Archbishop Elpidophoros says he is “sincerely sorry” for pain he may have caused to Cypriot and Greek Americans by attending the opening of a Turkish House in New York City, while pointing out he has always sought “honest and courageous” dialogue for peace and religious freedom.
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Elpidophoros, the Head of the Greek Orthodox Church in United States, took to Twitter on Thursday amid backlash following his attendance at an official event in New York officiated by Turkish President Recep Tayyip Erdogan and attended by Turkish Cypriot leader Ersin Tatar.
“I am sincerely sorry for the pain I unintentionally caused among my Cypriot and Greek American brothers,” he said, adding that unity within the Greek world was his and the church’s mission and duty.
'My presence has always remained on the solid path of honest and courageous dialogue for a future of peace and protection of religious freedom'
Greek and Greek Cypriot American groups accused Elpidophoros earlier this week of serving as a “tool for the Erdogan administration” while they also expressed anger over the timing of the Archbishop’s decision to attend the event, a period when “Ankara is adopting a negative stance with regards to the Cyprus issue.”
The criticism led to Cypriot President Nicos Anastasiades canceling a scheduled meeting with Elpidophoros, with an official statement from the presidency citing a “busy schedule” for the island’s commander-in-chief who traveled to New York to attend the UN General Assembly.
Unconfirmed reports also suggested Greek Prime Minister Kyriacos Mitsotakis would also cancel a meeting with the Archbishop, which had been scheduled for a tour of Ground Zero on Friday including a visit to St. Nicholas Greek Orthodox Church that had been destroyed on 9/11.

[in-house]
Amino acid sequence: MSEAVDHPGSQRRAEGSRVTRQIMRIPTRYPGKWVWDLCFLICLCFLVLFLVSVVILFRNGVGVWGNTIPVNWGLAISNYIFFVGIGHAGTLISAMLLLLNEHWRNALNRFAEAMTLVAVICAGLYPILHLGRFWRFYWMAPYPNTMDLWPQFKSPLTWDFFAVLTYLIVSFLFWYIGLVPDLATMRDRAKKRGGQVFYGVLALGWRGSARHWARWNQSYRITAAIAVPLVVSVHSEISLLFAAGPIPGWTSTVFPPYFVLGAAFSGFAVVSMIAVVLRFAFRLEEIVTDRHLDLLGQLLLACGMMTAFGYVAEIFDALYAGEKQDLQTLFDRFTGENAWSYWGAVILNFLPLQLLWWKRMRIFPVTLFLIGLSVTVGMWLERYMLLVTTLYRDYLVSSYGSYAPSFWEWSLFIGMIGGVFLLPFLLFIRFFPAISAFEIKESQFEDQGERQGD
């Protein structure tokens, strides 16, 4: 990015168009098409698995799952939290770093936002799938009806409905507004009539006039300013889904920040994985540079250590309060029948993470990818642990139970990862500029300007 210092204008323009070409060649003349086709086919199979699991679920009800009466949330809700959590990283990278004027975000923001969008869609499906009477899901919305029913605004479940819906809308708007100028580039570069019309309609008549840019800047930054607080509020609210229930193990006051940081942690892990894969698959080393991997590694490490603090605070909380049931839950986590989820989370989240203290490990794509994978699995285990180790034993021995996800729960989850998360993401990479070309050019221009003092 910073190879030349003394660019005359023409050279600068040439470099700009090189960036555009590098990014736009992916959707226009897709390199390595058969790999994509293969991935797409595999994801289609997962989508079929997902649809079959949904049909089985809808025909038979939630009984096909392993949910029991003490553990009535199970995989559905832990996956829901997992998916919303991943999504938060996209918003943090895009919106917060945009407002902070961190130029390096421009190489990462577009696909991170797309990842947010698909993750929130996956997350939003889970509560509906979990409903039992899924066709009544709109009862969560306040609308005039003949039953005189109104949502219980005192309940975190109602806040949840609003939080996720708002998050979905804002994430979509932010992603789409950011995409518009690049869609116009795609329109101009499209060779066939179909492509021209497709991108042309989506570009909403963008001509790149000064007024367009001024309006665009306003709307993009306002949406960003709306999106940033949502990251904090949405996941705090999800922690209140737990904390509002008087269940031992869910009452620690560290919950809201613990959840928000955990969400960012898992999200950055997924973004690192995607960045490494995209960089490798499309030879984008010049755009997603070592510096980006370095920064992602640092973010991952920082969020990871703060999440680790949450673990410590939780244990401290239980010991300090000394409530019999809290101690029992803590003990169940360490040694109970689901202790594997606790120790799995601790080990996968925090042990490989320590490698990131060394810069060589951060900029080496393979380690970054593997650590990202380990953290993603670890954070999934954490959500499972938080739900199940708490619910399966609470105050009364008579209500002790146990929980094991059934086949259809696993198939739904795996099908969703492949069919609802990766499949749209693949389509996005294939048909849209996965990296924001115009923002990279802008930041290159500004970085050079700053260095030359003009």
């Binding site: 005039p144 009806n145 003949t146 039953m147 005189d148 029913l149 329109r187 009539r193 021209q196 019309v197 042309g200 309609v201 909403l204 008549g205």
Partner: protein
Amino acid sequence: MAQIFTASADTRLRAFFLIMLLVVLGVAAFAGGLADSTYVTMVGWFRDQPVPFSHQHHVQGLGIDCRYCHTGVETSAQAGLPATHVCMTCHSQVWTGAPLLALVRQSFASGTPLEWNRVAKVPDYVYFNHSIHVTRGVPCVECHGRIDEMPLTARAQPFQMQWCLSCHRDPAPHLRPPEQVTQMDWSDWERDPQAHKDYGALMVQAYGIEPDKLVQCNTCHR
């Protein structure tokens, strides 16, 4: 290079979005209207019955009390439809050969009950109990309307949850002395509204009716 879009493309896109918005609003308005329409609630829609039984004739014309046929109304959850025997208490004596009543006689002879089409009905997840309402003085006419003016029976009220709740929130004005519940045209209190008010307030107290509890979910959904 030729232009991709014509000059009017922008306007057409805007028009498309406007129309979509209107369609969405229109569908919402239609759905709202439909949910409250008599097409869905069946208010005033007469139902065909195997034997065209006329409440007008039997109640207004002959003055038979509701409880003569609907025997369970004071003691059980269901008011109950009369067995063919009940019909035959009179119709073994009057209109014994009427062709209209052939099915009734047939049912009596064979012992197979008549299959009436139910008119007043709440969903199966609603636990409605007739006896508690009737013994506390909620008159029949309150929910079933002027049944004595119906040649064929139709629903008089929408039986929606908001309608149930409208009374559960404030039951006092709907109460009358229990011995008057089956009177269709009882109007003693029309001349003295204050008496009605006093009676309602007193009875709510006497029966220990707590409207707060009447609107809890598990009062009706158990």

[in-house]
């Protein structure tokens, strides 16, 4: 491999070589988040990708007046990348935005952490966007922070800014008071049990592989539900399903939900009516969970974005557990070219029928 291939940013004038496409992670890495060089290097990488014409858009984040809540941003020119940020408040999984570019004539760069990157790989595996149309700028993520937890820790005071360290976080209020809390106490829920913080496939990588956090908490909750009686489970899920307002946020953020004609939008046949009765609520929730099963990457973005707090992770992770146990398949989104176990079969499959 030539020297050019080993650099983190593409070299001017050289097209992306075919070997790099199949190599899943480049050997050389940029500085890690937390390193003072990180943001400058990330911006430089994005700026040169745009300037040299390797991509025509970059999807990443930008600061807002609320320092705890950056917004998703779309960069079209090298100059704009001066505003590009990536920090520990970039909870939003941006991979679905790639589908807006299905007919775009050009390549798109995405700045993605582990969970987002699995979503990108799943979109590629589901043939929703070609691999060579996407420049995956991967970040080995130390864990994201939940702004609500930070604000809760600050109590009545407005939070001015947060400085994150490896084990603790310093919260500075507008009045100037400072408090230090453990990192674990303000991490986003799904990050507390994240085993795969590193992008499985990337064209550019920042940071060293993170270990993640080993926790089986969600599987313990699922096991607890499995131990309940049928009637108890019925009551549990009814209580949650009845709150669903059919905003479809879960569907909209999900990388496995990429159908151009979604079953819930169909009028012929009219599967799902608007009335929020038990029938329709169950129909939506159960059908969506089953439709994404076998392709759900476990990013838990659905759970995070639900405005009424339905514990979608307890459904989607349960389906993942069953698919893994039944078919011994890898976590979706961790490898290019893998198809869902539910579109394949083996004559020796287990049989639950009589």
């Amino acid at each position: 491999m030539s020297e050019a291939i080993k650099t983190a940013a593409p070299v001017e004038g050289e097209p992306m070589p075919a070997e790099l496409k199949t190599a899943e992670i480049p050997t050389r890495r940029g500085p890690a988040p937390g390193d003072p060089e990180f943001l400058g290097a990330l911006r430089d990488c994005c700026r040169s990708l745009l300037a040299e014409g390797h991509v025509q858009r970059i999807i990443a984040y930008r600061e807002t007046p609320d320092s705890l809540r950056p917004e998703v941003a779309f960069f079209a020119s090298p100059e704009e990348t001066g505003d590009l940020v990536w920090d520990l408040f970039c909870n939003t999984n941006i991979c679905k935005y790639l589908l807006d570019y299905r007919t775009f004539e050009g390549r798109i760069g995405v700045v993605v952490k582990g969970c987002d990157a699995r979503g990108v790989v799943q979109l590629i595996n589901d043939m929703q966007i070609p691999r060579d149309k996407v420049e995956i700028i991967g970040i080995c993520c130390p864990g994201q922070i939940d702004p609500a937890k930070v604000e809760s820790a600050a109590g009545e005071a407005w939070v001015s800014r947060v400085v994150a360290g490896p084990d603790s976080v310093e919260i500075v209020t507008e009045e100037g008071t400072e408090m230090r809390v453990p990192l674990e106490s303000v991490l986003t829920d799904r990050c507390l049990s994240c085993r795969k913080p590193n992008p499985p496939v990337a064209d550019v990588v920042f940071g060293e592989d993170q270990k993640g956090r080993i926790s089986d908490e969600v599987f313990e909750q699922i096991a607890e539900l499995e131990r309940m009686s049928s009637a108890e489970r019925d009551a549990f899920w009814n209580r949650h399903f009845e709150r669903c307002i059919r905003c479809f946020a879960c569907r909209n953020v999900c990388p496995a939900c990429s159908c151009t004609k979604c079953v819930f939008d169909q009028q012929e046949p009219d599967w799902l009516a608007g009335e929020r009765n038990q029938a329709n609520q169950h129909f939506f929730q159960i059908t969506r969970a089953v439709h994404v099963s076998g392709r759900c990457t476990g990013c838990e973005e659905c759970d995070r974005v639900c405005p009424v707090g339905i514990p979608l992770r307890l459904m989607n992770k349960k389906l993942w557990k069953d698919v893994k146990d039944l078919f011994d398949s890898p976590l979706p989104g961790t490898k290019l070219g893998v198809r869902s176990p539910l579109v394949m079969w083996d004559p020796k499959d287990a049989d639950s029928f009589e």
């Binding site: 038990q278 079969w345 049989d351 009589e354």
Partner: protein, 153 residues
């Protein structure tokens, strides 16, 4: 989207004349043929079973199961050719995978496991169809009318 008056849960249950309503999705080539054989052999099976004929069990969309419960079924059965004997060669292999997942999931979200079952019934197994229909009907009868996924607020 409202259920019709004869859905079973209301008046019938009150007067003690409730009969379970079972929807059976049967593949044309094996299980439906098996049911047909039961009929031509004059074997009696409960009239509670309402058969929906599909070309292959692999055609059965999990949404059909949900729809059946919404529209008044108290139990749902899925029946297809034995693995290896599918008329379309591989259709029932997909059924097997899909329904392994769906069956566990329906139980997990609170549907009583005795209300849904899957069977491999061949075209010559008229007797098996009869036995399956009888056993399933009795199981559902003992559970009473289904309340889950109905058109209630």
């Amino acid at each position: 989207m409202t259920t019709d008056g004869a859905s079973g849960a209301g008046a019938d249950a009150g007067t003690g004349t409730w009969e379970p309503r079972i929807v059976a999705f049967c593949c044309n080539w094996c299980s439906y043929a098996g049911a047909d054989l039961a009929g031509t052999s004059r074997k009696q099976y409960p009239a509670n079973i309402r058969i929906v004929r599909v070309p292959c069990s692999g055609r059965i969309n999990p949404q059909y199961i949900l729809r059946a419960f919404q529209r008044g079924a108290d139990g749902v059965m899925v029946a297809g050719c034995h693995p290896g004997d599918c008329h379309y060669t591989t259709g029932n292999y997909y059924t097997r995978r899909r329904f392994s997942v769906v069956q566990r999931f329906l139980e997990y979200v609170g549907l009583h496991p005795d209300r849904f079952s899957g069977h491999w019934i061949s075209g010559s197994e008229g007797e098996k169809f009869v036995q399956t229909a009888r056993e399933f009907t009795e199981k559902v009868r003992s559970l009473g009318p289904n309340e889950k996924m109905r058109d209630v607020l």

But Turkish Cypriot leader Ersin Tatar, who also attended the opening of the Turkish House, rushed to the Archbishop’s defence and condemned reactions against Elpidophoros.
“These politically motivated acts show the level of bigotry and intolerance of the Greek and Greek Cypriot sides,” Tatar said.
The Turkish Cypriot leader went on to call the reactions “an eye opener” concerning the Greek-Greek Cypriot duo, arguing that while UN Secretary General also attended the “applaudable act for world peace” the Greek and Greek Cypriot leaders “reacted to this event by cancelling a planned meeting with the Archbishop.”
No further comment from Nicosia was issued about the incident while Athens said it was displeased with Elpidophoros.
“We were irritated by the actions of the Archbishop. The Greek government expresses its displeasure,” Greek government spokesperson Υiannis Oikonomou said during a press conference on Thursday.
But a Greek former deputy prime minister and minister for foreign affairs, Evangelos Venizelos, took to Facebook to say the government’s criticism of Elpidophoros was “profoundly ahistorical” and “myopic.”
Yet other critics argue that Elpidophoros not only failed to refuse to stand alongside Erdogan, he also appeared in the same photograph during the ribbon-cutting ceremony with Tatar, the leader of a de-facto state recognized only by Ankara.
But Elpidophoros, a Turkish citizen born in Istanbul and whose name in Greek means Hopeful, wrote on Twitter that his “presence at Monday’s event could never amount to recognition of a disaster, displacement, or occupation.”
“My presence has always remained on the solid path of honest and courageous dialogue for a future of peace and protection of religious freedom,” the Archbishop said.